Torres del Paine, Chile
|Peak||Cerro Paine Grande|
|Elevation||2,884 m (9,462 ft)|
|State/Province||Magallanes y Antártica Chilena|
|Parent range||Patagonian Andes|
|Age of rock||12 Myr|
|Type of rock||Granite|
The Cordillera Paine is a small mountain group in Torres del Paine National Park in Chilean Patagonia. It is located 280 km (170 mi) north of Punta Arenas, and about 1,960 km south of the Chilean capital Santiago. It belongs to the Commune of Torres del Paine in Última Esperanza Province of Magallanes and Antártica Chilena Region. No accurate surveys have been published, and published elevations have been claimed to be seriously inflated, so most of the elevations given on this page are approximate. Paine means "blue" in the native Tehuelche (Aonikenk) language and is pronounced PIE-nay.
The highest summit of the range is Cerro Paine Grande, at . For a long time its elevation was claimed to be 3,050 m or 3,251 m, but in August 2011 it was ascended for the third time, measured using GPS and found to be 2,884 m.
The best-known and most spectacular summits are the three Towers of Paine (Spanish: Torres del Paine, ).
The Central Tower of Paine (about 2,460 m or 8,100 feet) was first climbed in 1963 by Chris Bonington and Don Whillans, and the North Tower of Paine (about 2,260 m) was first climbed by Guido Monzino.
The range is made up of a yellowish granite underlain by grey gabbro-diorite laccolith and the sedimentary rocks it intrudes, deeply eroded by glaciers. The steep, light colored faces are eroded from the tougher, vertically jointed granitic rocks, while the foothills and dark cap rocks are the sedimentary country rock, in this case flysch deposited in the Cretaceous and later folded.
The radiometric age for the quartz diorite at Cerro Paine is 12 ± 2 million years by the rubidium-strontium method and 13 ± 1 million years by the potassium-argon method. More precise ages of 12.59 ± 0.02 and 12.50 ± 0.02 million years for the earliest and latest identified phases of the intrusion, respectively, were achieved using Uranium–lead dating methods on single zircon crystals. Basal gabbro and diorite were dated by a similar technique to 12.472 ± 0.009 to 12.431 ± 0.006 million years. Thus, magma was intruded and crystallized over 162 ± 11 thousand years. High resolution dating and excellent 3-D exposure of the laccolith and its vertical feeding system allow detailed reconstruction of the Torres del Paine fossil magma chamber history.
The Torres del Paine National Park—an area of 2,400 km²—was declared a Biosphere Reserve by the UNESCO in 1978 and is a popular hiking destination. There are clearly marked and well maintained paths and many refugios which provide shelter and basic services.
Hikers can opt for a day trip to see the towers, walk the popular "W" route in about five days, or trek the full circle in 8–9 days.
The "W" route is by far the most popular, and is named for the shape of the route. Hikers start and finish at either of the base points of the "W", performing each of the three shoots as a day trip. The five points of the W, from west to east, are:
- Glacier Grey, a large glacier calving into the lake of the same name. Camping is available next to Refugio Grey.
- Refugio Paine Grande, situated on Lago Pehoé. This site offers good views of the "horns" of Torres del Paine.
- Valle del Francés ("Frenchman's Valley"), often rated as the best scenery in the whole park. The path leads up into a snowy dead-end, where several small glaciers are visible.
- Hotel Las Torres, a large hotel at the base of the mountain range.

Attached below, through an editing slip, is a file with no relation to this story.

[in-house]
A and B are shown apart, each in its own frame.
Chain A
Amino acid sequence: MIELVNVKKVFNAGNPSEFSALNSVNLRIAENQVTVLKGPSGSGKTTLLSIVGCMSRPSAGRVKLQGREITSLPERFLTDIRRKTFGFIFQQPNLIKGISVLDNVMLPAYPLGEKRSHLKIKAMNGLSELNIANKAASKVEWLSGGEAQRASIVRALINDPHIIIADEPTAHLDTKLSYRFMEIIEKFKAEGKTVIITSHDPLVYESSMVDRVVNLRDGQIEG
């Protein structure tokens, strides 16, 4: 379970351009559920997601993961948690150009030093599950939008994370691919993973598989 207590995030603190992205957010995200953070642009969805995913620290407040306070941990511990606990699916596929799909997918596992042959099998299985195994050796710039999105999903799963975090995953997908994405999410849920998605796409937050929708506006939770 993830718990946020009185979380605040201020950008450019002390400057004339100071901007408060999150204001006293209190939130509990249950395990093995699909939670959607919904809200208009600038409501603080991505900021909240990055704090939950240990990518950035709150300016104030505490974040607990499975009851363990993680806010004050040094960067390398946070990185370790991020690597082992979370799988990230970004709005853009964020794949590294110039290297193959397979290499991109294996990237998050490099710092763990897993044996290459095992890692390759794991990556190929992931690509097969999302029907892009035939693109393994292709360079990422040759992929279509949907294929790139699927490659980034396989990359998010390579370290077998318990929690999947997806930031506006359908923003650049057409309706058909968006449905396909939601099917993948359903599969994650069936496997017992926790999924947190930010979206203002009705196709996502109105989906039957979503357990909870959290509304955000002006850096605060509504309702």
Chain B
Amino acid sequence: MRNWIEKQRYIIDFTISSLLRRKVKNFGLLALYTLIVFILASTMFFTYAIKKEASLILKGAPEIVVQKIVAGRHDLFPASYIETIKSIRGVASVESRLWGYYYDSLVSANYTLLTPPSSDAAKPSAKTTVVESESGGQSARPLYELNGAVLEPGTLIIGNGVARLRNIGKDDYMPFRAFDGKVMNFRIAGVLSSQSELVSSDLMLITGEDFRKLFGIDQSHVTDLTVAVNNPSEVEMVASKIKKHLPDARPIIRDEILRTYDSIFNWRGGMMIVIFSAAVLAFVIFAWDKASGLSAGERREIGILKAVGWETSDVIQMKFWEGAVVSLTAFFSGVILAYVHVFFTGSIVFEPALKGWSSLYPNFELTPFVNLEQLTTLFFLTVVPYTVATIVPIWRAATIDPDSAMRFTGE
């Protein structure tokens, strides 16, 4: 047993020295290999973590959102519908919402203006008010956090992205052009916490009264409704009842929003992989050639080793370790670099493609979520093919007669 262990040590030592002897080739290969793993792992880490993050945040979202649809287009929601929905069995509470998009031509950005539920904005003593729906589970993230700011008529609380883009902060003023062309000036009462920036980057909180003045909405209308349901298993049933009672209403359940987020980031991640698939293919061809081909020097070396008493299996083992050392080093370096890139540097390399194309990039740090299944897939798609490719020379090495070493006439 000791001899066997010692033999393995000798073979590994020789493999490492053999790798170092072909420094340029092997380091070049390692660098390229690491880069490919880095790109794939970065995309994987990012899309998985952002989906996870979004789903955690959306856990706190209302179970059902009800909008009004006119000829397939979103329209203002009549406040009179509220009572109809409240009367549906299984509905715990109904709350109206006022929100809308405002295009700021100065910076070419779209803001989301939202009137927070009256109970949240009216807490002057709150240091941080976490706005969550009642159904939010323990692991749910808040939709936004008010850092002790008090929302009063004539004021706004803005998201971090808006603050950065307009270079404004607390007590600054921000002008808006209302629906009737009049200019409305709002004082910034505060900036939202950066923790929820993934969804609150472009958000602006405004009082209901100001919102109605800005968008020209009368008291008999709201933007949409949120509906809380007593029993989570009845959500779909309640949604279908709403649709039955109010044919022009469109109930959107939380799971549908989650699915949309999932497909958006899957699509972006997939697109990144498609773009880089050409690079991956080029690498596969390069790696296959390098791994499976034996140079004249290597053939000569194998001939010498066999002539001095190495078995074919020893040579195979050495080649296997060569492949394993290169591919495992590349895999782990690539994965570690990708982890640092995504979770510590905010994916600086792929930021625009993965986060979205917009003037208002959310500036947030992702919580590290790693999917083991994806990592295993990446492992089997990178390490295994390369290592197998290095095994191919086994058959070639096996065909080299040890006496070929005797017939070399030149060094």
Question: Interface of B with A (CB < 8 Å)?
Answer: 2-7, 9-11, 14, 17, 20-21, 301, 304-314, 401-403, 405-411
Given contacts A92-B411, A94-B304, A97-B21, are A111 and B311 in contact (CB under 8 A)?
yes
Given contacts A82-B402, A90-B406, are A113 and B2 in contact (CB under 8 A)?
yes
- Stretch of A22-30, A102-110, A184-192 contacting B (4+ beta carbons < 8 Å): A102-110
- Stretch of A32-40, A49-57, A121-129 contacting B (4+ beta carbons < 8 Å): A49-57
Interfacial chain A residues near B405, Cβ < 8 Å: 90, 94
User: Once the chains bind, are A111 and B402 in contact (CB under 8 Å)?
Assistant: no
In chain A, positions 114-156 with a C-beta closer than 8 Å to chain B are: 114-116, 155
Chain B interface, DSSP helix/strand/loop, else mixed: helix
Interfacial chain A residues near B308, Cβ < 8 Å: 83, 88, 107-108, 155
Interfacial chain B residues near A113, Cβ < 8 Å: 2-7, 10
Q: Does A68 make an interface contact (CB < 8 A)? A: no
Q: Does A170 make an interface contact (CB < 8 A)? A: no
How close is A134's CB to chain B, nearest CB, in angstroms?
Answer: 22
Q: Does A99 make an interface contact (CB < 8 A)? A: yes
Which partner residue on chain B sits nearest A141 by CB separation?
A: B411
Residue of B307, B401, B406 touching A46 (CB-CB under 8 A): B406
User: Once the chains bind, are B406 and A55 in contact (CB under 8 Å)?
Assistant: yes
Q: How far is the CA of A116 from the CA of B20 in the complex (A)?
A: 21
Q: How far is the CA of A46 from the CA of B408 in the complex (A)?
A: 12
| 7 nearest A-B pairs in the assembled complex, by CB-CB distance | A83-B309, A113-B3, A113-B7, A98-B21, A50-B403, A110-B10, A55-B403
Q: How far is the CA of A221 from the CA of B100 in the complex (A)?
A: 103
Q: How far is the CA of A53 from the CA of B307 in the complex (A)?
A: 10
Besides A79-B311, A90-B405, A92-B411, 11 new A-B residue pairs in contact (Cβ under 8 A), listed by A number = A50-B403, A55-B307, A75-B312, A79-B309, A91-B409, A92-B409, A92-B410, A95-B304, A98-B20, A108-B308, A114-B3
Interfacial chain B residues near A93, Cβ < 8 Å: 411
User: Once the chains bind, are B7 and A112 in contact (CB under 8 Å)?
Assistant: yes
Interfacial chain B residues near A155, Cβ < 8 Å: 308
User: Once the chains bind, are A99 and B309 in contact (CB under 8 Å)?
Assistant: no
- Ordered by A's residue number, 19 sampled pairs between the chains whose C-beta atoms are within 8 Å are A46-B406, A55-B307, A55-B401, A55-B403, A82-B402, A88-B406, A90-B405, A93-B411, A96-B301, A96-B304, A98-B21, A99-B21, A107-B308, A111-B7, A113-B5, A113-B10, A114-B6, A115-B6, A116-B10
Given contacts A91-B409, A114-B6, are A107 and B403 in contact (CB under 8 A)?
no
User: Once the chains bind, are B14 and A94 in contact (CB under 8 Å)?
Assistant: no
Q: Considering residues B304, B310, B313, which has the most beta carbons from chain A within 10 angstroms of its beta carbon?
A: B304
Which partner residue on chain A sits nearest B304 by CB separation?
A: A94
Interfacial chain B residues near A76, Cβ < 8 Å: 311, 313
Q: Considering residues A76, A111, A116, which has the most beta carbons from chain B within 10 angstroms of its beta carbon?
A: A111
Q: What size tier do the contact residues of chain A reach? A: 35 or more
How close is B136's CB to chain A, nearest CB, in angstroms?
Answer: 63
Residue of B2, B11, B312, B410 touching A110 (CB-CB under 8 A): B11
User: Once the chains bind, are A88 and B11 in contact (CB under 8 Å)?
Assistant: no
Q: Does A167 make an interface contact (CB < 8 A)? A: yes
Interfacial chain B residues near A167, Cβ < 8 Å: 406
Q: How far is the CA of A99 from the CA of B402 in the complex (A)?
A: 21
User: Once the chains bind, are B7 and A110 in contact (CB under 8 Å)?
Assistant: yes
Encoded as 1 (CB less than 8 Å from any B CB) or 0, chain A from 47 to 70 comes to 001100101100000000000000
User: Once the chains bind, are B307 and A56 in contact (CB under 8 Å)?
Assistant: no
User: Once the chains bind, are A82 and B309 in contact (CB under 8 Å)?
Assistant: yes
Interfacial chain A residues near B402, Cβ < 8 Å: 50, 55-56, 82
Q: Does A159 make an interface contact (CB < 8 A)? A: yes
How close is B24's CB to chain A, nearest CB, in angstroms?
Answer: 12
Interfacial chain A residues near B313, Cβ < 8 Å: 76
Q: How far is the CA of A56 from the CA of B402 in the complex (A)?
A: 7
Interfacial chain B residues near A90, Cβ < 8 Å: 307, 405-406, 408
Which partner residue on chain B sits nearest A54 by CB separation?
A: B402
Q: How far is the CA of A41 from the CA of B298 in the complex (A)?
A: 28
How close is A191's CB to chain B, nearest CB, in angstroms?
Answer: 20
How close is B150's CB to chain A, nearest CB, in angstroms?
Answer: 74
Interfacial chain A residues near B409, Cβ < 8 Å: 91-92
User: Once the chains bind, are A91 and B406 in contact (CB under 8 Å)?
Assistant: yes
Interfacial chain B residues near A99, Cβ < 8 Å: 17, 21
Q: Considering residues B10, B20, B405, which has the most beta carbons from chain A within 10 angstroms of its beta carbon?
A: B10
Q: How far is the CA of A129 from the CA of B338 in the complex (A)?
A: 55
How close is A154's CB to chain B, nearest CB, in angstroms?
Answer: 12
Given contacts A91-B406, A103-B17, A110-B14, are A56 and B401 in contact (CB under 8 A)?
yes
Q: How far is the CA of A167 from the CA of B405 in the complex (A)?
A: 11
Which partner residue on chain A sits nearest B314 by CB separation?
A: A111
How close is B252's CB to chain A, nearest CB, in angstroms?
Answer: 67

- The Torres del Paine themselves, large rock formations over a small lake, high in the mountains.
The longer "circuit" walk includes all the sights of the "W", but avoids most backtracking, by connecting Glacier Grey and the Torres del Paine around the back of the mountain range.
Boats and buses provide transport between Hotel Las Torres, Refugio Paine Grande, and the park entrance at Laguna Amarga.
It is a national park and thus hikers are not allowed to stray from the paths. Camping is only allowed at specified campsites, and wood fires are prohibited in the whole park.
- Biggar, John, 2015. The Andes: A Guide for Climbers (4th edition, ISBN 978-0-9536087-4-4). Several elevations given by this authority are much lower than those given by other authorities, and the higher elevations are not supported by official Chilean IGM maps.
- Abraham, Rudolf (2011). Torres del Paine: Trekking in Chile's Premier National Park. Milnthorpe: Cicerone Press. p. 17. ISBN 978-1-84965-356-5. Retrieved 4 August 2015.
- 2011 Expedition
- Altenberger, Uwe; Oberhänsli, Roland; Putlitz, Benita; Wemmer, Klaus (1 July 2003). "Tectonic controls and Cenozoic magmatism at the Torres del Paine, southern Andes (Chile, 51°10'S)". Revista geológica de Chile. 30 (1): 65–81. doi:10.4067/S0716-02082003000100005 – via SciELO.
- Martin Halpern "Regional Geochronology of Chile South of 50 degrees Latitude", Bulletin Geological Society of America, v. 84, p. 2410, 1973.
- Juergen Michel, Lukas Baumgartner, Benita Putlitz, Urs Schaltegger and Maria Ovtcharova, Incremental growth of the Patagonian Torres del Paine Laccolith over 90 k.y., Geology, 36(6):459-462, 2008.
- Julien Leuthold, Othmar Müntener, Lukas Baumgartner, Benita Putlitz, Maria Ovtcharova and Urs Schaltegger, Time resolved construction of a bimodal laccolith (Torres del Paine, Patagonia), Earth and Planetary Science Letters, 325-326:85-92, 2012.
- Julien Leuthold, Othmar Müntener, Lukas Baumgartner, Benita Putlitz, Petrological constraints on the recycling of mafic crystal mushes and intrusion of braided sills in the Torres del Paine Mafic Complex (Patagonia), Journal of Petrology, 55(5):917-949, 2014.
- Biggar, John, 2015. The Andes: A Guide for Climbers (4th edition, ISBN 978-0-9536087-4-4).
- Kearney, Alan, 1993. Mountaineering in Patagonia. Seattle USA: Cloudcap.
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